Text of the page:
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Sculpture of s. XIX, commissioned for the Louvre court in 1831, then destined for the Tuileries garden in 1832. Exposed to the Tuileries garden from 1835 to 1993. Pradier is a neoclassical sculptor influenced by the romantic current and an elegant and sensual art. He is credited with a certain talent but also with a brutal and vain nature, always seeking to dazzle his interlocutors. Appointed professor at the School of Fine Arts, Officer of the Legion of Honor, James Pradier obtains many official orders where he celebrates the human body. Very popular, he enjoys a great reputation; a whole society of musicians, poets, writers, politicians, frequent his studio.
Since patronage is no longer in the hands of the great aristocratic families whose fortune was stifled by the Revolution, artists must turn to the state and the big cities. Pradier used it under the Restoration and especially under the July Monarchy. He takes advantage of the official benevolence of King Louis-Philippe (ill 9) and Queen Marie-Amélie (ill 11), without really penetrating the circle of the faithful of the royal entourage, having a declared enemy in the person painter and sculptor Ary Scheffer, professor of sculpture of Princess Marie d'Orléans. In spite of everything, he is commissioned to execute several statues or busts of their son, Ferdinand, Duke of Orleans (ill 10), died accidentally in July 1842.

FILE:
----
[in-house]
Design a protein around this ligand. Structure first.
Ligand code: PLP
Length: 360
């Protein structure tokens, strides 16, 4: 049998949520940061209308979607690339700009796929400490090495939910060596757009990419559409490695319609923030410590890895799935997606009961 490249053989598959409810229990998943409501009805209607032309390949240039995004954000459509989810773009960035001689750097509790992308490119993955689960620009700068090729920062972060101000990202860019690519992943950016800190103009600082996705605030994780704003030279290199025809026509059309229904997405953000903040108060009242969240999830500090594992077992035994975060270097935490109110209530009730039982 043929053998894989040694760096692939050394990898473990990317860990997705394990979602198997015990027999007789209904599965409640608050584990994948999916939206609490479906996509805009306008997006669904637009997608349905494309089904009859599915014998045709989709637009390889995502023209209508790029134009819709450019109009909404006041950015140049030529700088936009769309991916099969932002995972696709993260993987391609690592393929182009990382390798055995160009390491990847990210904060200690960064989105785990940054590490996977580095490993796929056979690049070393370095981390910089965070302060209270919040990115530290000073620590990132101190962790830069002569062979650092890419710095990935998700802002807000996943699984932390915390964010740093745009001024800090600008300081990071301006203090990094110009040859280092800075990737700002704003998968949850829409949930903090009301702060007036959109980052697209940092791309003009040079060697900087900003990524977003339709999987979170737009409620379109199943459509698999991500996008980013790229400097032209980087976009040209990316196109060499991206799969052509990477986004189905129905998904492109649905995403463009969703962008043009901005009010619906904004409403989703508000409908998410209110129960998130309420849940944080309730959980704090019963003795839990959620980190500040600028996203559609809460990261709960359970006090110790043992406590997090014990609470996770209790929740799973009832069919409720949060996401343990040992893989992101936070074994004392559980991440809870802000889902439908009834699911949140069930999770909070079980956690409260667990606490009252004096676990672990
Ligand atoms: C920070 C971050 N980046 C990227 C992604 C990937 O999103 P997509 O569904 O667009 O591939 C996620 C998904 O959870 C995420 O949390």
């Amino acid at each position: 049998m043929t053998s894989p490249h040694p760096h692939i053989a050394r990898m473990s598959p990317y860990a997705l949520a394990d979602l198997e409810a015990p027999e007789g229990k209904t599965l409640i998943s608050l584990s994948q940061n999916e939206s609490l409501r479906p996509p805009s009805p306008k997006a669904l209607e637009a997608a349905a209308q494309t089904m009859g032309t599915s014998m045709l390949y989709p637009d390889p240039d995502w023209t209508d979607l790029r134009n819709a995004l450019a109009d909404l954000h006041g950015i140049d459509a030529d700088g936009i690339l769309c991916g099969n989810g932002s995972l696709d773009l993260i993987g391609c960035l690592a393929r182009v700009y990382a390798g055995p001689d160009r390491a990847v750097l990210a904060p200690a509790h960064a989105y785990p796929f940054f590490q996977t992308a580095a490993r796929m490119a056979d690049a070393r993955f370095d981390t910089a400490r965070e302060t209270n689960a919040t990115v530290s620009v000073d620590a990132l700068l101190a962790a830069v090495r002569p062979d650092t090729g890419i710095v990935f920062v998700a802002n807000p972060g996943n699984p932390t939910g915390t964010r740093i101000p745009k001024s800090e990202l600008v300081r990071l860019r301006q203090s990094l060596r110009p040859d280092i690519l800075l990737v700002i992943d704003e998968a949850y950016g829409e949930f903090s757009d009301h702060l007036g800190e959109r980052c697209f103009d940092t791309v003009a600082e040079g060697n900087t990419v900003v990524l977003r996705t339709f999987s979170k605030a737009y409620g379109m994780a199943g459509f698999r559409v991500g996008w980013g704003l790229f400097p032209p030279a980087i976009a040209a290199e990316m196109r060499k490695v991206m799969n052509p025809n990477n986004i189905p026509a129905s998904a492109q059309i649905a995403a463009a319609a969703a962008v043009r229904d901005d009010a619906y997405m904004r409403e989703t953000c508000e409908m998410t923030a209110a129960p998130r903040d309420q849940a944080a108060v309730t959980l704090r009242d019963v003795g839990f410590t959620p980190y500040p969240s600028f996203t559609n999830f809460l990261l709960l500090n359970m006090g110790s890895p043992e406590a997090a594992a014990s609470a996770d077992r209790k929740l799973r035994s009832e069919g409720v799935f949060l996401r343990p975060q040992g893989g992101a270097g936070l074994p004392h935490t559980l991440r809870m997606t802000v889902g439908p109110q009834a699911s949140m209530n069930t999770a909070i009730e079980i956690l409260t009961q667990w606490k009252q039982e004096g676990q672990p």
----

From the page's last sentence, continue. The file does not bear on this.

It is true that his talent and his network of friends in the higher administration serve him. He took advantage of his good relations with the count of Cailleux, general secretary then director in 1841 of the Royal Museums. It will be the same, after the fall of the July Monarchy, with his successor the Count of Nieuwerkerke, sculptor himself and sculpture lover.